News & Politics

Why Is the Government Wasting $83M Distributing Masks That Are Already Widely Available?

AP Photo/Carolyn Kaster

I do not often find myself admiring our betters in the legacy media, especially those at that most unscrupulous of Trump-hating and Andrew Cuomo-obsessed outlets, CNN. Yet on Wednesday, a CNN reporter asked the team of COVID-19 experts at the White House an extremely important question.

Why is the federal government wasting — oh, sorry, I meant “investing” — $83 million in distributing cloth masks to community health centers and food pantries when masks are already widely available? How does this make sense?

Jeffrey Zients, President Joe Biden’s White House coronavirus response coordinator, struggled to answer the question.

Before I get to the CNN question, a brief note on the policy.

During a press briefing on Wednesday, Zients announced that in March, the White House will “deliver millions of masks to food banks and community health centers around the country” as part of the administration’s push to “ensure an equitable response.”

“While masks are widely available in many different shapes and sizes, many low-income Americans still lack affordable access to this basic protection,” Zients argued. The initiative will involve “more than 25 million” “well-fitting cloth masks available in children’s and adult sizes” at “more than 1,300 community health centers and at 60,000 food pantries nationwide.”

Medical advice on masks has vacillated during the COVID-19 pandemic. The CDC has recommended different kinds of masks.

In this context, CNN’s Jeremy Diamond asked a rather important question.

“Just lastly on the question of the mask shipments, I’m wondering how much it is costing the administration to ship these masks,” Diamond began. “And, you know, at this point, given that Americans who want to wear a mask largely aren’t having trouble actually finding masks, what’s the rationale behind this? And are there — you know, how does this help solve the problem of mask hesitancy, which seems to be one of the bigger issues here?”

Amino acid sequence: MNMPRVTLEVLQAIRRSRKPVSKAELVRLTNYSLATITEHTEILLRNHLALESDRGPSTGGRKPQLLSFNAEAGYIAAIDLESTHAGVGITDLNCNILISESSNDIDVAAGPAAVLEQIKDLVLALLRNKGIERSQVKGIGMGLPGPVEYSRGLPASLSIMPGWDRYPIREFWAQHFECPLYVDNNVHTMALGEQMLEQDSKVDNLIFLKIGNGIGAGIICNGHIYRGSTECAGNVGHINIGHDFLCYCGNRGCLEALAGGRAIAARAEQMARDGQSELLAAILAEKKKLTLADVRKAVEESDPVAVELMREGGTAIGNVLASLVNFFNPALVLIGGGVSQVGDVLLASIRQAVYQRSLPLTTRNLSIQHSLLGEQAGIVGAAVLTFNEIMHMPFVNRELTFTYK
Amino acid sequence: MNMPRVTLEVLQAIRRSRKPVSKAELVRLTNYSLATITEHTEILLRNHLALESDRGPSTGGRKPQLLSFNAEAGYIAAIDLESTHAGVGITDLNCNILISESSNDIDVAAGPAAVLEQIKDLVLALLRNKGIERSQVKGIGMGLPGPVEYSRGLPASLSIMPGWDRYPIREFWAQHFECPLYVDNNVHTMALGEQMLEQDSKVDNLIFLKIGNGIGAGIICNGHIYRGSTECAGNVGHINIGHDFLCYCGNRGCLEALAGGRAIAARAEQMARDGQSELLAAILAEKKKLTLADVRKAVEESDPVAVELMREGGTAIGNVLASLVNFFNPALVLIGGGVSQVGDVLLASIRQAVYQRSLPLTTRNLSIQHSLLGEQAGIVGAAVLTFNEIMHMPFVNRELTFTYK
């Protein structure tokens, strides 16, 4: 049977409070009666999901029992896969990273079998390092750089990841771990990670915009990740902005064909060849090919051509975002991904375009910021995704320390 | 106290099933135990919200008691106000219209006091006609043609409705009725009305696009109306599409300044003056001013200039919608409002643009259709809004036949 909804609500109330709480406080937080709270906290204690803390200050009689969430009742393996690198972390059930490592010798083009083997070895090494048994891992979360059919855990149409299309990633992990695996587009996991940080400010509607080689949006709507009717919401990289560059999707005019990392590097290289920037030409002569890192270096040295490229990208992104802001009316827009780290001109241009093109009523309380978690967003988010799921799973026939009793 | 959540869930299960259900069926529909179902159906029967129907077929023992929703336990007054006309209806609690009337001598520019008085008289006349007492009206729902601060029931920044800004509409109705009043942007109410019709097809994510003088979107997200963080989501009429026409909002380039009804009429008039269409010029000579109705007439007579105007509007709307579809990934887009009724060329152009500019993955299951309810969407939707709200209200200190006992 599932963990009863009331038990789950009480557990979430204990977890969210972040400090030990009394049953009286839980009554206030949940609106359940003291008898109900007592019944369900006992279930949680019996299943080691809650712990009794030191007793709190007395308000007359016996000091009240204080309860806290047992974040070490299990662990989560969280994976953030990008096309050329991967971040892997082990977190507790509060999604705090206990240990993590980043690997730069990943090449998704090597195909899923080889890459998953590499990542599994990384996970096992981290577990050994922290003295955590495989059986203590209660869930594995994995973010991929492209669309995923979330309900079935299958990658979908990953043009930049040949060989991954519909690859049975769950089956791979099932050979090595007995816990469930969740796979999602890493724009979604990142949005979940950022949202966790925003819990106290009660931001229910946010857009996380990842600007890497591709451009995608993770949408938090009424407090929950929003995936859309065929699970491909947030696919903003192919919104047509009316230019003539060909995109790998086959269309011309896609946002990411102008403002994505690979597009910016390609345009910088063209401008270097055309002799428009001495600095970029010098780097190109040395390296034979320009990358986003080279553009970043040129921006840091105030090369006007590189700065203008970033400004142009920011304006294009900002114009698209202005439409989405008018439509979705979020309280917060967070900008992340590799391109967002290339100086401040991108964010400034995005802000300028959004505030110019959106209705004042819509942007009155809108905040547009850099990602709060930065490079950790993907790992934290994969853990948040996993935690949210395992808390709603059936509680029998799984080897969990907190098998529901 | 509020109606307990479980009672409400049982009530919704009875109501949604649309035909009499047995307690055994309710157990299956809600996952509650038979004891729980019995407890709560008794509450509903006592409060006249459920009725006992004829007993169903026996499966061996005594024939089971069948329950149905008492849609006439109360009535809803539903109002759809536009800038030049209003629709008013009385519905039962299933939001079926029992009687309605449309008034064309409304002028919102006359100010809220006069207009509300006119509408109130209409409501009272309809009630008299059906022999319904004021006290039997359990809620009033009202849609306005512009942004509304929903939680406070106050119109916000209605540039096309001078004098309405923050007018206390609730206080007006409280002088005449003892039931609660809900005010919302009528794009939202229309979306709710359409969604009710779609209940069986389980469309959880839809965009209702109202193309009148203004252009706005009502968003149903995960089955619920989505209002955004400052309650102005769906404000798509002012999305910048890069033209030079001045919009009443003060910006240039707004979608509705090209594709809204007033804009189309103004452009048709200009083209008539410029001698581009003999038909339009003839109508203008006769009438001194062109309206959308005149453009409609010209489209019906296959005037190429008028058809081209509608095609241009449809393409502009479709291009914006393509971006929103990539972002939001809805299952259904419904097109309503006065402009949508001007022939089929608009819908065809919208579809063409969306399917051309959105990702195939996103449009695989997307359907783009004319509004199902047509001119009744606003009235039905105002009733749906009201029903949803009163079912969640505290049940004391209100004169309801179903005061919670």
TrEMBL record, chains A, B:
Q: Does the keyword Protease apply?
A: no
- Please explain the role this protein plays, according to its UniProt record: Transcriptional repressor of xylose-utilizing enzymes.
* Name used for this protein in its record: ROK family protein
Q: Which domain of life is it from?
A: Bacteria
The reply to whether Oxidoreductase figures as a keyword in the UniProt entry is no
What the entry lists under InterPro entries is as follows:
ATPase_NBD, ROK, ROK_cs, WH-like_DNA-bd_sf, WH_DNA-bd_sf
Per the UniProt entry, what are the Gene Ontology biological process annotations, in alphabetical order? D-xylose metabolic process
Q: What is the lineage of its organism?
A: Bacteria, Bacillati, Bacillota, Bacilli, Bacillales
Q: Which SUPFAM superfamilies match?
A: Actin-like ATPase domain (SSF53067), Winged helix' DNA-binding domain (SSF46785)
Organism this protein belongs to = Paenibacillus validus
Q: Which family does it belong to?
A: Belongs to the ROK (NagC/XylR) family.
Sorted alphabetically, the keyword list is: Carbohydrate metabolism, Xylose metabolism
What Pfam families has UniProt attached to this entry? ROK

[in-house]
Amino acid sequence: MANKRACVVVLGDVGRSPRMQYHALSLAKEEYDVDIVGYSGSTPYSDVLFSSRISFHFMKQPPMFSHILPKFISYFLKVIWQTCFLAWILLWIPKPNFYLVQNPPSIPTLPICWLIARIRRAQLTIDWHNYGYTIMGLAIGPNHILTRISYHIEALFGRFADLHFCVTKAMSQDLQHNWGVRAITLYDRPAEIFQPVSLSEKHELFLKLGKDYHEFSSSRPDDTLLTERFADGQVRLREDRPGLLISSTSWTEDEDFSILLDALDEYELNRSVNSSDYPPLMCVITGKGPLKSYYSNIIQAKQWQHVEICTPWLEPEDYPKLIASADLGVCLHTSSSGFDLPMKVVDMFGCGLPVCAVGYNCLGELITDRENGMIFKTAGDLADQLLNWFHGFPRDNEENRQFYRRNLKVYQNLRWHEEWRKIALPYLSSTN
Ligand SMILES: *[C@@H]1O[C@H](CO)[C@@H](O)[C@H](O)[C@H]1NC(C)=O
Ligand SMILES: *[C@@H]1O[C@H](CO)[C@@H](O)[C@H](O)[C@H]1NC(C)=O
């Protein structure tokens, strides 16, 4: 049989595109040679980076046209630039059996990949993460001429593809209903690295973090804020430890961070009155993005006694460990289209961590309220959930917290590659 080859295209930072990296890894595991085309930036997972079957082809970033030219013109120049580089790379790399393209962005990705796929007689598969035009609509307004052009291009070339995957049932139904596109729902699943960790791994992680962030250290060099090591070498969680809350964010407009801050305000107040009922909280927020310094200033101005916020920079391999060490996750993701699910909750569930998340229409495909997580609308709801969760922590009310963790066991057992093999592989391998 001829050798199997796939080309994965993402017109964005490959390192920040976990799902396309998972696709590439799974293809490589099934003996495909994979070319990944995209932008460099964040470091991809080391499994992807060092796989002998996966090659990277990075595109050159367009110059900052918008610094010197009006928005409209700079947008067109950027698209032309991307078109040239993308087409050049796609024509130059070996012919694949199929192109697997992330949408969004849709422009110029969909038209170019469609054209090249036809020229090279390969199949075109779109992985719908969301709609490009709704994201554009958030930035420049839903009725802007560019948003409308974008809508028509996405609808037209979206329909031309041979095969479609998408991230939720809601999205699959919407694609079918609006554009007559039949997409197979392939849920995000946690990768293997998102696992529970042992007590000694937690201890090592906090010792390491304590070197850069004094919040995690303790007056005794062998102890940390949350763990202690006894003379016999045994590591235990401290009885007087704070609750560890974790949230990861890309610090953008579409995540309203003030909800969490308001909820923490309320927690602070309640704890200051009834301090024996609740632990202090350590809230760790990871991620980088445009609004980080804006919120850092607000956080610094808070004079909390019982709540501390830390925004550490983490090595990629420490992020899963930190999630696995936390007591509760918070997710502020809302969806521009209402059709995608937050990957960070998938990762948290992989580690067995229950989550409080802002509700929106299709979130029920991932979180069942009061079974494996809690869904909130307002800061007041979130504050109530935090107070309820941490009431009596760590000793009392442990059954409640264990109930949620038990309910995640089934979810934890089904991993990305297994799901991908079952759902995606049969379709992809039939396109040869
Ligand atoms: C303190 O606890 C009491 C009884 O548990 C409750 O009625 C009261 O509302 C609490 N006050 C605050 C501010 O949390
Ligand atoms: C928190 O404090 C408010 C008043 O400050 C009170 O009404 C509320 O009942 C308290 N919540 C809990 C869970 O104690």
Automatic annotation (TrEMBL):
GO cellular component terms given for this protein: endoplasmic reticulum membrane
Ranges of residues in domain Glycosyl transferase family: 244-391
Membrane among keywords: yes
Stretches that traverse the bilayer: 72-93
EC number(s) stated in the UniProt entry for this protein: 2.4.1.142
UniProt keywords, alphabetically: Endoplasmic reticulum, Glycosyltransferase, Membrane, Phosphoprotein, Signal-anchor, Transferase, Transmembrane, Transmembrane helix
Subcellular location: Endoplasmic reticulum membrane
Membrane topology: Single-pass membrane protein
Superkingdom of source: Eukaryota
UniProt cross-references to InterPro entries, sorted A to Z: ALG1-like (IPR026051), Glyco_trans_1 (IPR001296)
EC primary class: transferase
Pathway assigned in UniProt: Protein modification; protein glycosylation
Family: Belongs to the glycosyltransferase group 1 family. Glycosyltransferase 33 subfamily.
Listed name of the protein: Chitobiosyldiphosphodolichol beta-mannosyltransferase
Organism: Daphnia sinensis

Zients had no trouble specifying the cost of the program at $86 million, but he did not address the more important question.

“We really believe that this policy makes a lot of sense in that it allows, you know, people who are not able to, in some situations, find or afford a mask, to get a mask.  And it’s part of our equity strategy and central to that,” Zients insisted.

Biden’s COVID-19 response director categorically refused to accept the fact that most Americans do not have trouble acquiring masks. Reusable cloth masks of the kind the CDC recommends are widely available at extremely low prices, sometimes at less than $5 per mask. Many charities have also taken up the cause of providing masks at little to no cost.

Americans are not struggling to acquire masks. The actual wearing of masks arguably poses a far greater problem. While masks truly do help prevent the spread of COVID-19, many Americans simply don’t trust the experts on this issue, or they wish to defy Biden’s mandates. The fact that guidance on masks has been inconsistent does not help matters.

Ironically, Zients himself undercut the argument for the $83 million mask boondoggle in a response to Bloomberg’s Josh Wingrove.

Wingrove asked Zients if the team “deliberated [on] whether to send [masks] to all Americans. Can you talk a little bit about that sort of decision?  Was it — was that just, sort of, too big an undertaking? You get more, sort of, impact to send it more targeted?”

“You know, months ago, sending a mask to every American would have been a good idea,” Zients said. “Today, masks are widely available in many different shapes and sizes” (emphasis added).

The COVID-19 response director insisted that “not all Americans are wearing masks regularly, and not all masks are equal.”

Indeed, masks are widely available, so why does the government need to spend $83 million on mask distribution?

Zients has yet to provide a satisfying answer.

Tyler O’Neil is the author of Making Hate Pay: The Corruption of the Southern Poverty Law Center. Follow him on Twitter at @Tyler2ONeil.

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